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The Dance Tree by Kiran Millwood Hargrave

Writing.ie | Book Reviews | Historical Fiction
The Dance Tree by Kiran Millwood Hargrave

By Jo Nestor

The Dance Tree is Kiran Millwood Hargrave’s second novel for adults. Her first, The Mercies (Picador, 2020), became an instant Sunday Times bestseller, won a Betty Task Award, was long-listed for the Jhalak Prize, and was named amongst The New York Times ‘100 Most Notable Books of 2020’. She’s also written six children’s books, two of which are multi-award-winning. If you’re new to her as an author, be assured that all of her writing accolades are utterly justified.

Her fictional adult novels, both of which I’ve read, are based on well-researched historical facts. This is helpful for the reader to know because, otherwise, some of the story lines would defy logic. Until I read The Dance Tree, for example, I knew nothing about the ‘dancing plagues’ that occurred regularly in Central Europe between the fourteenth and the seventeenth centuries. The old adage, ‘Fact is stranger than fiction’, most certainly applies. In an informative Author’s Note at the back of the book, Kiran tells us,

‘In July 1518, in the midst of the hottest summer Central Europe had ever known, a woman whose name is recorded as Frau Troffea began to dance in the streets of Strasbourg. This was no ordinary dance – it was unrelenting, closer to a trance than a celebration. She danced for days, any attempts to make her rest thwarted, until it drew the attention of the Twenty-One, the city’s council, and she was taken to the shrine of St Vitus, patron saint of dancers and musicians. After being bathed in the spring there, she stopped dancing.

But it was too late. Already, the dancing plague had spread, and it lasted two sweltering, frenzied months. At its height, up to four hundred people danced, with claims that up to fifteen people a day died. It is the biggest outbreak of such a mania recorded.’

As the national Irish treasure that is Marty Whelan might say (Marty in the Morning, RTE LyricFM): ‘You can’t argue with facts like that.’ The Dance Tree is set during that infamous summer of 1518. It’s a fascinating story, which unfolds in and around Strasbourg, informed by this astonishing (to me) social and religious history. I mean, you literally couldn’t make it up. And as if this documented dance mania wasn’t enough, Kiran adds,

‘The sixteenth century was especially plagued by extreme weather events, and though these are now easily explained by science, at the time there was only one explanation for the endless ruined harvests, the excruciatingly hot summers, and the winters so cold people froze to death in the streets. God was punishing the human race, and they must atone.

At the very end of the fifteenth century, He had sent a warning: a comet that many notorious preachers … pointed to as a sign of damnation. It threw the Alsace region … into a state of panic, heightened by wars at the borders … as well as by two decades of floods and drought that decimated crops.’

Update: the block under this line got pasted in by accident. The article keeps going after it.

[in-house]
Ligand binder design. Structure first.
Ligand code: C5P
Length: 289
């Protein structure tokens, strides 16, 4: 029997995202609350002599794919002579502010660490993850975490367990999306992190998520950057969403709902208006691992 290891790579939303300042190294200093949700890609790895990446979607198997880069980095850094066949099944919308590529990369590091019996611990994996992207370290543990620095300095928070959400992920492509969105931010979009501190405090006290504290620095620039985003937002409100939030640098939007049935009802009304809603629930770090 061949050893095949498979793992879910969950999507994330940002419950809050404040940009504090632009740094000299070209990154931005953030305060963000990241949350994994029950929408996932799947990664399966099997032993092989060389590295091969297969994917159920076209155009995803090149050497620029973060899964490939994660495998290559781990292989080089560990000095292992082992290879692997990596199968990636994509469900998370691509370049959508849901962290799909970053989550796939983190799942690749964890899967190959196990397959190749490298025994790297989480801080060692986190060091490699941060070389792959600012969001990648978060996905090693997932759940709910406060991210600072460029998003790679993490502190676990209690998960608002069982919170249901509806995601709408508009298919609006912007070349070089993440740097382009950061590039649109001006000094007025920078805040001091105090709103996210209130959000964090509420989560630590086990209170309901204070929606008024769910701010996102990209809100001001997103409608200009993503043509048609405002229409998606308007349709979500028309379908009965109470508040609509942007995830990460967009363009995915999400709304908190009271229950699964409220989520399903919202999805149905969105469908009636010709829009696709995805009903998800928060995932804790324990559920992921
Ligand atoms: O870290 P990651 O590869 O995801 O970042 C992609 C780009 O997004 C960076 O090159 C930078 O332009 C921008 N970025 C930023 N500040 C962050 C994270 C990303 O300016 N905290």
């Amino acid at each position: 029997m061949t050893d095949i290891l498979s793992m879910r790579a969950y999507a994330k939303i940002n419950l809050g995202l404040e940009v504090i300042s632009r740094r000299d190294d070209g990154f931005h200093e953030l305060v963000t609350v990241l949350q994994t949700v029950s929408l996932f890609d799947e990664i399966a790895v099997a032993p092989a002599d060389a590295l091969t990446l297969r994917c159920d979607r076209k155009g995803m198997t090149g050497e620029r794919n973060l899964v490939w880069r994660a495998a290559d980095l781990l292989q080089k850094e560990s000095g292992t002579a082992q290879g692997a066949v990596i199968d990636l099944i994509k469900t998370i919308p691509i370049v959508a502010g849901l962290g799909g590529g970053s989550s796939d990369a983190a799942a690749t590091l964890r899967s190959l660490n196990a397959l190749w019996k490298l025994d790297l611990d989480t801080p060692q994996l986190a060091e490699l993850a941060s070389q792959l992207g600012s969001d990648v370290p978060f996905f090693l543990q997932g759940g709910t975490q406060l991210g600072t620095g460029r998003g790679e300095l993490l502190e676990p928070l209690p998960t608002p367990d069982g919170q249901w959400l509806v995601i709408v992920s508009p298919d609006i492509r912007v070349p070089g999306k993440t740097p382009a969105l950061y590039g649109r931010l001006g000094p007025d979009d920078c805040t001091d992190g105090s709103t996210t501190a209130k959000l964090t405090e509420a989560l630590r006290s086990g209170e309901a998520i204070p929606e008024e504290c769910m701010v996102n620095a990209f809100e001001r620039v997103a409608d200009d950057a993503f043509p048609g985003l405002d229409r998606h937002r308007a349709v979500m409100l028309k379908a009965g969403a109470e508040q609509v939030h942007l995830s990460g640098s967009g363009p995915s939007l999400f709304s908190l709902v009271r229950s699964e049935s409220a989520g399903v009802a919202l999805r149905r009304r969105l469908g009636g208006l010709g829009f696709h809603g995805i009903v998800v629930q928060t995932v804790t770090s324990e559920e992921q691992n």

Consider, then, what daily life must’ve been like during this unprecedented onslaught of natural disasters taking place over several decades in Central Europe, and throw in for good measure the vice-like grip that religious entities had over the general population at that time. In order to survive, poor and disenfranchised people were forced to borrow from the Church, an organisation ‘who seemed to be more a business than representatives of God.’

As an astute storyteller, mindful of her responsibilities, of course Kiran does far more than string together documented facts of social history and climate events. The Dance Tree is a carefully developed impassioned story of family secrets, filled with believable characters, many of whom are women pushed to the edge. She writes authentically, too, about forbidden love and clandestine passion, stating in her Author’s Note:

‘It’s easy to draw lines from then to now in attitudes to the LGBTQ+ community, to immigrants, to class.’

Throughout The Dance Tree, Kiran consistently displays an elegant and engaging writing style, a considered use of words and sentence structure, such that it felt to me like a sensory experience:

‘They go to the horse market, but there is not a horse in sight. Instead, a stage that women mount, beginning to weave through the others that dance there … It is clearly their first time in the grip of divinity for many. They will wear themselves out fast as a candle in a draught. Even as she watches, a woman collapses, convulsing once, twice, eyes rolled back, white as peeled eggs.’

There’s love and redemption in the story, as well as loss, pain and happiness. But, again and again, what The Dance Tree shows us is evidence of the human spirit’s resolute strength to overcome unimaginable obstacles in the face of apparent adversity. Prepare to be amazed, informed and enthralled as you’re transported to a well-documented specific period in European history, one that resonates, with more parallels than you might imagine, to the present day.

Madeline Miller: ‘Gripping, visceral and immersive.’

Tracy Chevalier: ‘Took my breath away.’

Marian Keyes: ‘Something rare and beautiful.’

The Dance Tree by Kiran Millwood HargraveKiran, thank you for taking such care and consideration with your storytelling, as well as your phenomenal research, to bring us the extraordinary story of The Dance Tree in all its beautiful intricate layers. It’s truly a joy to read.

(c) Jo Nestor

Order your copy online here.

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